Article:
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On May 25, 2022, the United States Securities and Exchange Commission (the “SECOND”) proposed a set of new rules to address and improve investor disclosure practices, and related environmental, social and governance policies and procedures (“ESG”) investment considerations and objectives (the “Proposed ESG Disclosure Rules”) by investment advisers of registered investment firms and private funds and other clients. The proposed ESG disclosure rules aim to provide investors with clear and comparable information on how advisors take ESG factors into account. On the same day, the SEC proposed amendments to Rule 35d-1 under the Investment Company Act of 1940 (the “Names Rule”) (the “Proposed Amendments to the Naming Rule”) which, among other things, would significantly broaden the scope of terms used in the names of registered funds that would subject the fund to the requirements of the Names Rule, including terms indicating that the fund’s investment decisions incorporate one or more ESG factors . We’ve briefly summarized both sets of proposed rules below, and we’ll have more details to come.
Categories of ESG strategies and information required
Under the proposed ESG disclosure rules, registered investment companies and registered investment advisers that use ESG strategies in their investment processes would be required to provide ESG information either in the fund prospectus for an investment company. investment registered, or in the brochure (Form ADV part 2A) for a registered investment adviser. The proposed disclosure requirements would vary according to the following three categories of ESG investment strategies:
- Integration strategies. Funds and accounts where ESG factors may be considered in the investment selection process but are generally not decisive over other factors in investment decision-making. The adviser of such a fund or account should disclose how ESG factors influence its investment selection process, including the specific ESG factors considered in investment decision-making and how ESG factors weigh on the factors not ESG.
- ESG-focused strategies. Funds and accounts for which ESG factors are an important or primary consideration in their investment strategy. An adviser to such a fund or account should disclose: (1) whether and how the ESG strategies of the fund or account track an index; (2) whether the fund or account has filters to include or exclude portfolio investment features; (3) the ESG impact(s) the fund or account seeks to achieve (including specific metrics to assess progress); (4) how ESG strategies form part of investment decision-making for the fund or account; and (5) whether and how the advisor uses proxy voting and/or engagement with portfolio companies to advance the ESG strategies of the fund or account.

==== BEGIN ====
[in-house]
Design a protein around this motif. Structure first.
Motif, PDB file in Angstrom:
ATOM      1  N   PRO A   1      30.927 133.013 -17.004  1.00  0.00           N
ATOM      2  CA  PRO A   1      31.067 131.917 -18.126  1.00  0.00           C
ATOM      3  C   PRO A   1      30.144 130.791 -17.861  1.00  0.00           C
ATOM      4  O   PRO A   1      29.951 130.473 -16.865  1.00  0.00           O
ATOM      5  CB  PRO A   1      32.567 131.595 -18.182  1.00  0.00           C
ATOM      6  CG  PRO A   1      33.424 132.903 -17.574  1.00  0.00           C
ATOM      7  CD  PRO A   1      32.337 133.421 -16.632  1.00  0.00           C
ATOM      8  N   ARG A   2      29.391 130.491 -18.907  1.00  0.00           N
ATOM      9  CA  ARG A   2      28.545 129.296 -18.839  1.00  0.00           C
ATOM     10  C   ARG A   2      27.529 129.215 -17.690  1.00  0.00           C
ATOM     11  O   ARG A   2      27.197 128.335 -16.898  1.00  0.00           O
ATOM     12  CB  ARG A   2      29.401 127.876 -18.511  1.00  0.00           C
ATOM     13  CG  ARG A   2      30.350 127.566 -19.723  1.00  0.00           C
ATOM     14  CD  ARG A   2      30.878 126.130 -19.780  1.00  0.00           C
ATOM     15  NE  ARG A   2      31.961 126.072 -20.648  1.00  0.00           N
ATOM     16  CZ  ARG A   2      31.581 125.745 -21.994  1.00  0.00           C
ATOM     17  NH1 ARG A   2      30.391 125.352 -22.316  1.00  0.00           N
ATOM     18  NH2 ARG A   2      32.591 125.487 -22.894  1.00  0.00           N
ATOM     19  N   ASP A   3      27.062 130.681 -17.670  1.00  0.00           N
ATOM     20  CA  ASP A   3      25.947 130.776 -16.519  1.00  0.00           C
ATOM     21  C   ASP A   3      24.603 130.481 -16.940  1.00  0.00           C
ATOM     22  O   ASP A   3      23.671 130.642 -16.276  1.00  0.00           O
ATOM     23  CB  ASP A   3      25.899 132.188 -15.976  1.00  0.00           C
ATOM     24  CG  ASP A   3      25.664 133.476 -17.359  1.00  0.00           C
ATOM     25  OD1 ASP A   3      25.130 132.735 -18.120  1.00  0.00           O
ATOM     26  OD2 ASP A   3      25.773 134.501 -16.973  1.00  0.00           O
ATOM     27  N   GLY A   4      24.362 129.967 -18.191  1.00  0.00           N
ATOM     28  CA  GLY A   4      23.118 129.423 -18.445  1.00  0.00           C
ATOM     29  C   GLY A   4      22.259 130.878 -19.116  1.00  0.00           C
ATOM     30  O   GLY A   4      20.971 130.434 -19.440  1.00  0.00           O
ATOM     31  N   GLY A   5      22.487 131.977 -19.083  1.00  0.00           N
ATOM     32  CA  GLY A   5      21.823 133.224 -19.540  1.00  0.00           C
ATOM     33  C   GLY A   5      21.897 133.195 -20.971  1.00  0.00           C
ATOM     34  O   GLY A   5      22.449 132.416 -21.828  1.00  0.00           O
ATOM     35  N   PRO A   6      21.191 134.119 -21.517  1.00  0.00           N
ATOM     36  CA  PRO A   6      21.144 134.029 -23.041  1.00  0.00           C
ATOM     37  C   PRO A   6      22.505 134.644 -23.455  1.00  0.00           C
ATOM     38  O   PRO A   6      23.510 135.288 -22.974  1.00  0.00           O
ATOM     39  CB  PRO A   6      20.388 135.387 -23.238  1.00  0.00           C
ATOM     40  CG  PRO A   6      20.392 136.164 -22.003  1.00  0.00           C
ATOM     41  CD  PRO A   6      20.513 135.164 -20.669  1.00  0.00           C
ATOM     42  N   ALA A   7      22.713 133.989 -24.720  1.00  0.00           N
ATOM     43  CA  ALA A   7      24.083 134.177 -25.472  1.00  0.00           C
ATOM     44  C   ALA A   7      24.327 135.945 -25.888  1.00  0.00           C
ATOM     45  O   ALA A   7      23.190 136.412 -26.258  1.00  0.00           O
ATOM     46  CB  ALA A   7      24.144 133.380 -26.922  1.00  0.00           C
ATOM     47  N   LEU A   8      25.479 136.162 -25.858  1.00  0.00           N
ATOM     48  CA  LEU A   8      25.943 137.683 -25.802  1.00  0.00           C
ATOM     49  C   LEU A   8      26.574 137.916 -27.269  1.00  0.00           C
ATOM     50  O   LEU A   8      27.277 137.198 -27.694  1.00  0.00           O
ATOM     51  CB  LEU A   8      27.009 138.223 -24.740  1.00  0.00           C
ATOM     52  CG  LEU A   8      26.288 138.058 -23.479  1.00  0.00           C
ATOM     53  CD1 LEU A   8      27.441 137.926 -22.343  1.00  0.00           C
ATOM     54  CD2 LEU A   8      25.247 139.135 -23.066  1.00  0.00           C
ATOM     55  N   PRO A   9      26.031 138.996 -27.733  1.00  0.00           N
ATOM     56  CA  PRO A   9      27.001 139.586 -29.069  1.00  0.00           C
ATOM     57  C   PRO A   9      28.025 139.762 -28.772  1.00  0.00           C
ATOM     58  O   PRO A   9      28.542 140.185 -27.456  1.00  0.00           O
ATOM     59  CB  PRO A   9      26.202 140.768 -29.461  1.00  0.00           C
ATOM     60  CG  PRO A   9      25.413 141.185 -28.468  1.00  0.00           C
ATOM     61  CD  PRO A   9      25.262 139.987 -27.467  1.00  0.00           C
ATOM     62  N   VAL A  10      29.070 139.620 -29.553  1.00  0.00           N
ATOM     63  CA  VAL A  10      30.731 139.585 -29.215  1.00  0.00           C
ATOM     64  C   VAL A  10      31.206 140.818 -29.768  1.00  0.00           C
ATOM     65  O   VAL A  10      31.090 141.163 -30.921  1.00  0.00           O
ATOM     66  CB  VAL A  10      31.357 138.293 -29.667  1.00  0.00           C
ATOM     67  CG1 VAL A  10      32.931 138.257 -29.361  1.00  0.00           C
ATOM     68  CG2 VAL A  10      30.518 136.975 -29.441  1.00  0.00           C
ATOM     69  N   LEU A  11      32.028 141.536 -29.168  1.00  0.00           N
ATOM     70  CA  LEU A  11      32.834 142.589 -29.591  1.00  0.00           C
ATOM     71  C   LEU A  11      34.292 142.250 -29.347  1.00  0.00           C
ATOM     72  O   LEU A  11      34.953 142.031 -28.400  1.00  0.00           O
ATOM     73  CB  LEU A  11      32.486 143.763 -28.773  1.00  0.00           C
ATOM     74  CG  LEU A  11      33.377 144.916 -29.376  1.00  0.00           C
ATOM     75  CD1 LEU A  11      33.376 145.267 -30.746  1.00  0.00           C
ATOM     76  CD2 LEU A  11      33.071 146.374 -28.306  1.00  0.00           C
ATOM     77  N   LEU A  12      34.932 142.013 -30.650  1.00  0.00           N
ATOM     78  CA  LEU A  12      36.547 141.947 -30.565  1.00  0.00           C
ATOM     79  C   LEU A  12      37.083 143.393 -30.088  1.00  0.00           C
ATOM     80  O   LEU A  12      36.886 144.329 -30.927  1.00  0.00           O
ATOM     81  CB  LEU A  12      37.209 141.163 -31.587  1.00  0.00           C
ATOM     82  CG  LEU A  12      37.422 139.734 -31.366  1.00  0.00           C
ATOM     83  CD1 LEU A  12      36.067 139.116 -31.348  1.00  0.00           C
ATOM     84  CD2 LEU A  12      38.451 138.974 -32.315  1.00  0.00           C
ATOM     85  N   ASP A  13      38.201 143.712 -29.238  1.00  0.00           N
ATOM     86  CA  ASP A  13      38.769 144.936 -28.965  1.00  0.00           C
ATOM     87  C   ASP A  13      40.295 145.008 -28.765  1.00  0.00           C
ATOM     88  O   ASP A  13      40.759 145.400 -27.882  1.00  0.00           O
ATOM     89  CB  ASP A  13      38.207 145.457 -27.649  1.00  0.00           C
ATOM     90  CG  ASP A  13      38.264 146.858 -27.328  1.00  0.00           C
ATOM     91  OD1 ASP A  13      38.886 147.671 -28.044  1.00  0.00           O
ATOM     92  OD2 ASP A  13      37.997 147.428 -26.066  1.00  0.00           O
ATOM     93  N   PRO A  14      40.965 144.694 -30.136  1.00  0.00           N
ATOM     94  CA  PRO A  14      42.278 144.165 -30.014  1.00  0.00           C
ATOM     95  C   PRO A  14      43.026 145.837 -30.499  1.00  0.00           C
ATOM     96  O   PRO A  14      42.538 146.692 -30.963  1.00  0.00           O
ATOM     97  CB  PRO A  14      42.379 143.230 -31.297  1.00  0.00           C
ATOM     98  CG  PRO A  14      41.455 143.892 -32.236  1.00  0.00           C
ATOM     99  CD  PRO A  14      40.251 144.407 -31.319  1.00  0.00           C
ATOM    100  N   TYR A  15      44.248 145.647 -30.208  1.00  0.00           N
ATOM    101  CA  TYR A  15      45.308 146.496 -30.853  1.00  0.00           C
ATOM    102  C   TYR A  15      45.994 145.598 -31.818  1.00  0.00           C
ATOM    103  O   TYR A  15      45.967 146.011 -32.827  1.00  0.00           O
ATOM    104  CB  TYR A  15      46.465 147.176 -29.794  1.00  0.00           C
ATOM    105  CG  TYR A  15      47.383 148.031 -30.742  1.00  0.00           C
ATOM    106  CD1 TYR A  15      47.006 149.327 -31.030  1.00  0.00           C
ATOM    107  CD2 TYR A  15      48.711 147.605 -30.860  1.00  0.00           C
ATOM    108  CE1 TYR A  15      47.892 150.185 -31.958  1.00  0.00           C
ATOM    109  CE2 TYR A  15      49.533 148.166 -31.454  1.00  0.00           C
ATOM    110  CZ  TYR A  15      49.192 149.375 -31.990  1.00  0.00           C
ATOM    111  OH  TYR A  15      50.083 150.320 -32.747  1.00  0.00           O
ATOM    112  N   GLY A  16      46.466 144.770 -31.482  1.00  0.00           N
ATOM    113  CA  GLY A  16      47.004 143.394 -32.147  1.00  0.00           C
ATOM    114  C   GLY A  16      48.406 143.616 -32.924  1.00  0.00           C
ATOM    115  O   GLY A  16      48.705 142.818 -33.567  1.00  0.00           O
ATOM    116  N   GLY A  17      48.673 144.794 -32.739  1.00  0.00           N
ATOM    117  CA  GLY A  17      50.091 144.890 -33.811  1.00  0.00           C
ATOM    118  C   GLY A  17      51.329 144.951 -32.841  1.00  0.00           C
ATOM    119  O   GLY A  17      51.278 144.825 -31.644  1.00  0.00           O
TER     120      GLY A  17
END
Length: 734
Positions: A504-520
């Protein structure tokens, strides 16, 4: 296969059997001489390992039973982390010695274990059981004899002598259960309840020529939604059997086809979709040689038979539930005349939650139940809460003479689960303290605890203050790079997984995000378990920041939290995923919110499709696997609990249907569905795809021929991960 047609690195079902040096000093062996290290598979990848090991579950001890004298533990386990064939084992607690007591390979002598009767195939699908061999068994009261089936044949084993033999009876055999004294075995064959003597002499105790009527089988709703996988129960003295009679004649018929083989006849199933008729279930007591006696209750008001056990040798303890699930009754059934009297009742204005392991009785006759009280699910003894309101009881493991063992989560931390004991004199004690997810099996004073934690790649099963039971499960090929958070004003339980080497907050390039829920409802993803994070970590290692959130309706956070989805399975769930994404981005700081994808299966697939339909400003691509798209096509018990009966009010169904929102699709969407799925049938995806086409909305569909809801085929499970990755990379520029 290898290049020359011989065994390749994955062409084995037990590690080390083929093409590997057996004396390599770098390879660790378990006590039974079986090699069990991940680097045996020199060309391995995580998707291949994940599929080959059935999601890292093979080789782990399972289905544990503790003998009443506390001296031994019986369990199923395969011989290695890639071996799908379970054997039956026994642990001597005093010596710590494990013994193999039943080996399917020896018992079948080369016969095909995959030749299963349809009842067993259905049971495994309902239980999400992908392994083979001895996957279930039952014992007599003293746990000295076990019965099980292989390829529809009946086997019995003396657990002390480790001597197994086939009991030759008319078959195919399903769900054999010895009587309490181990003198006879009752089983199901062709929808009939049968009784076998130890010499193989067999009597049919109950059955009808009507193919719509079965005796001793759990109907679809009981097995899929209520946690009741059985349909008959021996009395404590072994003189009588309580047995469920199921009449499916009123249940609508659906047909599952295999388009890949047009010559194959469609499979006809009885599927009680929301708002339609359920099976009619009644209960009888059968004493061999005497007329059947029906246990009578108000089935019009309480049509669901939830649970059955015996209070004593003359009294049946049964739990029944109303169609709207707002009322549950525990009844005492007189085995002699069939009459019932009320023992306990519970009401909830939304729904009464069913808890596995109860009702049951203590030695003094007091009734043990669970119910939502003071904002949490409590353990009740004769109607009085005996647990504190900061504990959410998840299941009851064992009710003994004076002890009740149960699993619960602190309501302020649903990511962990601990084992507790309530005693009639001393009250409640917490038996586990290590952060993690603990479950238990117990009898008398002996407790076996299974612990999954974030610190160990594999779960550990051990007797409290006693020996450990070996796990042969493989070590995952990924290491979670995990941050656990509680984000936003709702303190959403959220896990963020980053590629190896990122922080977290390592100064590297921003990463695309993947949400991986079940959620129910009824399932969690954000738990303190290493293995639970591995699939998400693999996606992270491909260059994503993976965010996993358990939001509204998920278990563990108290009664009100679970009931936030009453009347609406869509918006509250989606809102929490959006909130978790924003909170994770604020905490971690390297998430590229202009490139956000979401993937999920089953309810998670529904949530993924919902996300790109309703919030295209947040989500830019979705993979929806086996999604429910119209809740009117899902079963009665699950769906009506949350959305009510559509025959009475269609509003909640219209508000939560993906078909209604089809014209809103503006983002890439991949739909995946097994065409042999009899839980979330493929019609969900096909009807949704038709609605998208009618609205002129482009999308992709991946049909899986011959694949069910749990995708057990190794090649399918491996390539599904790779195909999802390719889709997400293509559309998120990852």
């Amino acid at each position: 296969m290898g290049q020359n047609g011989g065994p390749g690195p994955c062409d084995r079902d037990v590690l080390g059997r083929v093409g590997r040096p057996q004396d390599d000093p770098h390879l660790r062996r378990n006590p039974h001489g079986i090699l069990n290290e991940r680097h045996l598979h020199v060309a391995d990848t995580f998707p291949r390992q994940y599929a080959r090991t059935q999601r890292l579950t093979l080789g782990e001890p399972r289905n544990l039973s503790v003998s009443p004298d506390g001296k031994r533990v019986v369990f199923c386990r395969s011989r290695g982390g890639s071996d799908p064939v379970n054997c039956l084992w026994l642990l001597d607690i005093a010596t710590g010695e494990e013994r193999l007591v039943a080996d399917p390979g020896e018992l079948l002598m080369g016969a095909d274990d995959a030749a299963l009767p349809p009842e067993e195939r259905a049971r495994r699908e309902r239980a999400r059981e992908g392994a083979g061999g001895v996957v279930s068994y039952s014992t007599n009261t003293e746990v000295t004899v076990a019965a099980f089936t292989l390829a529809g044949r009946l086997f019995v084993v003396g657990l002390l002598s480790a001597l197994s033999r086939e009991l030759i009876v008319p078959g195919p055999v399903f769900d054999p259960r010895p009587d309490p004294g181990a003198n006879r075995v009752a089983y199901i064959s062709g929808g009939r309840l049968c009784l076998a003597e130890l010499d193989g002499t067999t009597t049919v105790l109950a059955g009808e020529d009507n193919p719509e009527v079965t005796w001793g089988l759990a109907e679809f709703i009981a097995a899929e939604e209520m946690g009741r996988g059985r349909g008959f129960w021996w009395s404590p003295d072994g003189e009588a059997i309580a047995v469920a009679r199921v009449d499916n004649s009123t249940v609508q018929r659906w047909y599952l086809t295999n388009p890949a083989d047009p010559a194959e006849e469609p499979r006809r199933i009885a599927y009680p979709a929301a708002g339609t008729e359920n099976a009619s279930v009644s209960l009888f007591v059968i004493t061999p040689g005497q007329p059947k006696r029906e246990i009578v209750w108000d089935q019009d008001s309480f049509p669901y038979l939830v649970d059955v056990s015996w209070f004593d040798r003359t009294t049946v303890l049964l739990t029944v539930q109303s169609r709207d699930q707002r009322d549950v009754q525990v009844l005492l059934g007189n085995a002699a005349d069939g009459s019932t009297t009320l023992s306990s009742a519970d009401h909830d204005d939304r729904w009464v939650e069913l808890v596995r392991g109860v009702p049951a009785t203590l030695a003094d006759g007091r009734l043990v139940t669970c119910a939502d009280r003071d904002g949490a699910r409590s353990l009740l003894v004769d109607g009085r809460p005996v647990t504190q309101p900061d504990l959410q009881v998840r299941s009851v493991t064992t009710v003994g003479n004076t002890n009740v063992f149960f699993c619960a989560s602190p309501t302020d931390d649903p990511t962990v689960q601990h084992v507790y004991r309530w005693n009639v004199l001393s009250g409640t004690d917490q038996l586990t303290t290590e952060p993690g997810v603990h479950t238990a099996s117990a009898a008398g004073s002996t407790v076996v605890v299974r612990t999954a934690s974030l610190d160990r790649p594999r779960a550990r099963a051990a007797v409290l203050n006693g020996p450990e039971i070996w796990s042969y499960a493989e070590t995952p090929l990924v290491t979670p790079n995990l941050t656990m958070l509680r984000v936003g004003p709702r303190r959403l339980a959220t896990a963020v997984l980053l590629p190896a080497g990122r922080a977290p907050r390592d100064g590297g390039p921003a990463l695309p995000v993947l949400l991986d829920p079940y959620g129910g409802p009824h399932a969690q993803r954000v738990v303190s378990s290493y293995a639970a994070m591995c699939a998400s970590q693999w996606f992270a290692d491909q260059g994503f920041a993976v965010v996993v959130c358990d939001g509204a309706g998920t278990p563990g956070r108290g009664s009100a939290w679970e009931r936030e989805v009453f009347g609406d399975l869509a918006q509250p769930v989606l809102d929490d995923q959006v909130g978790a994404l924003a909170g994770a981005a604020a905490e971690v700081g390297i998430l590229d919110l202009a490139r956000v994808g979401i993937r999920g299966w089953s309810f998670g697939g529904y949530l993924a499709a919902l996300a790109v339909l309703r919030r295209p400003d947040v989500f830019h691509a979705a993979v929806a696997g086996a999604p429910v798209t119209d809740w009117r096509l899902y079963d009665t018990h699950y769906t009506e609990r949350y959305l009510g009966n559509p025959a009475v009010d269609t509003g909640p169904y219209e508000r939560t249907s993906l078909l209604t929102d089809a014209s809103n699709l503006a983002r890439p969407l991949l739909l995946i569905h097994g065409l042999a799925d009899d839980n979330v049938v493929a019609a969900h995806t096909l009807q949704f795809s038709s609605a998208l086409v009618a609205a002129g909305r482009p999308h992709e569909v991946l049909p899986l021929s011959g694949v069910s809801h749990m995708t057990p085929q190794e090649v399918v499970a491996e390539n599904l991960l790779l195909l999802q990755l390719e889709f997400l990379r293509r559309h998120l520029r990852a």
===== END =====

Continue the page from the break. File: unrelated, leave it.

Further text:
- Impact Strategies. Funds or accounts that primarily seek to achieve one or more specific ESG impacts. An adviser to such a fund or account would be required to provide all of the same disclosures as for an ESG-focused strategy, but would also need to disclose: (1) how the ESG progress of the fund or account is measured, including performance indicators that the advisor analyzes; (2) the time horizon of the ESG strategy of the fund or account; and (3) the relationship between the impact(s) the fund or account seeks to achieve and financial returns.
The proposed ESG disclosure rules would also require registered investment advisers of funds or accounts with ESG strategies that consider environmental factors to disclose detailed information about the greenhouse gas impacts associated with their portfolio investments, including carbon footprint and weighted average carbon intensity of portfolio investments. .
In addition, the proposed ESG disclosure rules would also require investment advisers registered with funds and accounts to disclose the ESG factors they consider in proxy voting and any material relationships or arrangements between them or its investment staff. management with any related person who is an ESG. consultant or other ESG service provider.
Finally, the proposed ESG disclosure rules would also require census-type regulatory information on ESG matters on Form N-CEN (for registered investment firms) and Form ADV Part 1A (for registered investment advisers and exempt reporting advisors).